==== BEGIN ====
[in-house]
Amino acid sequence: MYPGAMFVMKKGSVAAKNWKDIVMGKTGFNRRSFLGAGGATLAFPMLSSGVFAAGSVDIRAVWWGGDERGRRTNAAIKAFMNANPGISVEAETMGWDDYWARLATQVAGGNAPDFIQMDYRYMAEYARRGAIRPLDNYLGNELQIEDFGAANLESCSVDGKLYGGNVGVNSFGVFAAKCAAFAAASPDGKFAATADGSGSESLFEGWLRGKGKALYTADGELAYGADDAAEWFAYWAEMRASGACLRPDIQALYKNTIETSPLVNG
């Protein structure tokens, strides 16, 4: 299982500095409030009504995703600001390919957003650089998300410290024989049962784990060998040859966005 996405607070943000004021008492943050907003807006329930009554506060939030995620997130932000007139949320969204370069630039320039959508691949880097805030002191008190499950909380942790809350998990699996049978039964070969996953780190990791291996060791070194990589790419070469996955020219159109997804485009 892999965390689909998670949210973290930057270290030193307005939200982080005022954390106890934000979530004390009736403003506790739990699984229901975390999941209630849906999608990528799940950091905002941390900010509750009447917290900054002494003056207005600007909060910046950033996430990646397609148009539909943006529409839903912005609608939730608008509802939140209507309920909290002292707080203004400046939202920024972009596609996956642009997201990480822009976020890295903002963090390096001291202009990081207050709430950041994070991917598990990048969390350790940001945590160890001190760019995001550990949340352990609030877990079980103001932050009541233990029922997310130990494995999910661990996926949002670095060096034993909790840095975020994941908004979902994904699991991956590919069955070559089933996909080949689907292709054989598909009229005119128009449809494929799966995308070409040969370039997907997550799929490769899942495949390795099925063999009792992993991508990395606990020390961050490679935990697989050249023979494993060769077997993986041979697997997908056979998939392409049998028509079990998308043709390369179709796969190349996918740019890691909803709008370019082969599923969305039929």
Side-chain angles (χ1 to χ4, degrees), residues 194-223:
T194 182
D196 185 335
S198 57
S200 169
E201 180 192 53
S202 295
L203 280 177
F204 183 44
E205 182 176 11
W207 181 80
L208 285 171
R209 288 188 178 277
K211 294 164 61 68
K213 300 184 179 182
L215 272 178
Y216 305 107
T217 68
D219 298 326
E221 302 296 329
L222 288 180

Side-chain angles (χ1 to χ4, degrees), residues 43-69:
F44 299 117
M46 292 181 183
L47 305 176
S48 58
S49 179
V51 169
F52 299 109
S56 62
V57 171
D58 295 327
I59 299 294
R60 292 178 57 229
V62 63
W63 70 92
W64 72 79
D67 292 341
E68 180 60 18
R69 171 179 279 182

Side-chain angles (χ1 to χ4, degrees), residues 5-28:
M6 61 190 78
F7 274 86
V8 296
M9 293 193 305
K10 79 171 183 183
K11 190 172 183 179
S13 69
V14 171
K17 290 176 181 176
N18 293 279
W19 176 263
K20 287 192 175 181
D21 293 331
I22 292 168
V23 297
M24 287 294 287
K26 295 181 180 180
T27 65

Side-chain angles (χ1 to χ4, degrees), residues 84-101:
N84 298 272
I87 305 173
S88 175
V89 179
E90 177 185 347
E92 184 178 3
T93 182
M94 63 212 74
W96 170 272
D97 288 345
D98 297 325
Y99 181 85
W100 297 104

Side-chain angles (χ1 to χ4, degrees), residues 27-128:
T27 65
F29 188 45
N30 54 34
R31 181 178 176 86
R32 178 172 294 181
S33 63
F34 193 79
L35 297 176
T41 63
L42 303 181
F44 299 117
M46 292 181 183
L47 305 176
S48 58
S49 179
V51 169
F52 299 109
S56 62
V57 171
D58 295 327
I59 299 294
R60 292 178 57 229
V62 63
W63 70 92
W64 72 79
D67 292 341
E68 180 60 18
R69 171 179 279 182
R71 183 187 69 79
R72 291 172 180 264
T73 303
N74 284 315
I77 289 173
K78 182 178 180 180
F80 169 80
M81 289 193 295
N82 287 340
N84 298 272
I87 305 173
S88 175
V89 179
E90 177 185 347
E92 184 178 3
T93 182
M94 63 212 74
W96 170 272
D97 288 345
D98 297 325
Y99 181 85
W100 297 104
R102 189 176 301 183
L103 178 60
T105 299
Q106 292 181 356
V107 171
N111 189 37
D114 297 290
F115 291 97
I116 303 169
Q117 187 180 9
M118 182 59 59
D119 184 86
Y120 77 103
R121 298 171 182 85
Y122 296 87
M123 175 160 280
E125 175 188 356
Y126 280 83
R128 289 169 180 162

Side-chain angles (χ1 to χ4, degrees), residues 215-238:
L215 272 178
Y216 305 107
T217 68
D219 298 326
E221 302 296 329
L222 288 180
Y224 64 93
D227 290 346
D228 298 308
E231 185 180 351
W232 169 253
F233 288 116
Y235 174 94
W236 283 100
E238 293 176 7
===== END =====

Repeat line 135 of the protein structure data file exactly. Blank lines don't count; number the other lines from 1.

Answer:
F115 291 97